Ye Olde Shark Nursery Discovered at Illinois Power Plant, Proves Prehistoric Sharks Migrated
Insert obligatory Sharknado joke here.
When someone says “Northeastern Illinois,” most of us don’t automatically think “Shark Nursery”. Once again, science is proving most of us wrong.
According to a study published this Tuesday in The Journal of Vertebrate Paleontology (what do you mean, you’ve never read it?), the world’s oldest known shark nursery has been discovered in Mazon Creek in Illinois, at the site of The Braidwood Nuclear Generating Station. Says the study’s co-author Lauren Sallan, “This is the first fossil evidence for a shark nursery that’s based on both egg cases and the babies themselves.”
The fossils found in the 310 million year old nest are incredibly well-preserved specimens of the Badringa Shark, an extinct long-snouted species that used electro-receptors to find food in their murky freshwater habitat and were covered in protective spikes.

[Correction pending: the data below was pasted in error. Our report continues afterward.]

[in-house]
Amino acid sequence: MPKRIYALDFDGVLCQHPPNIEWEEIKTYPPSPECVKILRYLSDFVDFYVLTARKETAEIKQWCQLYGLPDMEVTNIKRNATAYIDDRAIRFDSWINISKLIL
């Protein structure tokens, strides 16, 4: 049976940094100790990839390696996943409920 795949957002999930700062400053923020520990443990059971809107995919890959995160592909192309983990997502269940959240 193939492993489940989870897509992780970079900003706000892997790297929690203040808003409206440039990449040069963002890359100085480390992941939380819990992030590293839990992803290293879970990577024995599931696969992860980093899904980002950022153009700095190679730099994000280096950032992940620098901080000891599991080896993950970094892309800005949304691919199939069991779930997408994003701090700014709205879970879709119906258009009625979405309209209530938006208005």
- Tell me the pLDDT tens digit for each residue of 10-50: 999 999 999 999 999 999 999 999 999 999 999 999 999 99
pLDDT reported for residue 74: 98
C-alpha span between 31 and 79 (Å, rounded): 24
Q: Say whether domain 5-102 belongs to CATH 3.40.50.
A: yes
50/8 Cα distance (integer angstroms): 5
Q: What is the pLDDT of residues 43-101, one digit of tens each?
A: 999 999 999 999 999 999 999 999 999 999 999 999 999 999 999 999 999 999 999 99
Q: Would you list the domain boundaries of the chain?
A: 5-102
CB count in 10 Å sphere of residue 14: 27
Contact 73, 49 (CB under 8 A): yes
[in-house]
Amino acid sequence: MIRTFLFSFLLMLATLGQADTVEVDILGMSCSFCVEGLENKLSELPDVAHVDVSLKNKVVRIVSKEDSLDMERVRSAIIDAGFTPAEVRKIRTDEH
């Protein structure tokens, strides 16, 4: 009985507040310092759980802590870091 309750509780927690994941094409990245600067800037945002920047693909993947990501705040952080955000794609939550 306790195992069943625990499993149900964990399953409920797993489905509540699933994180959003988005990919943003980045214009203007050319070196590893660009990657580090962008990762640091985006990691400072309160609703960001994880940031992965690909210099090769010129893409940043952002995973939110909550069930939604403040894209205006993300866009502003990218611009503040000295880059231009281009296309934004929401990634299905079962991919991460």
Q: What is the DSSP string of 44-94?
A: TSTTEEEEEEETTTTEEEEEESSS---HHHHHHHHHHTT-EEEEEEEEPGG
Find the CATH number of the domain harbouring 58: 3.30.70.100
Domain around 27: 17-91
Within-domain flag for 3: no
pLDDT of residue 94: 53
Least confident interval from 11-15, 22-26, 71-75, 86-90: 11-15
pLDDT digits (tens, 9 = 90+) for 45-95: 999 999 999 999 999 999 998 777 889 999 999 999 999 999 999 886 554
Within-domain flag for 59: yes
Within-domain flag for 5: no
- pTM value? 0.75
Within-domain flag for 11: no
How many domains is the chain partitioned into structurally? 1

This is the third Badringa nursery to have been uncovered in Mazon Creek since 1965, but it’s the first to prove that prehistoric sharks migrated from fresh to saltwater to have their young. Says Sallan, it’s “the earliest evidence for segregation, meaning that juveniles and adults were living in different locations, which implies migration into and out of these nursery waters.”
As impressed as we are by what these jawsome specimens tell us about the early ancestors of modern day sharks, we’re also kind of disappointed with modern sharks for slacking so hard on the freshwater migration front. How hard would it be for a bunch of knocked-up sharks to swim up one river and give us a show? On second thought, don’t answer that.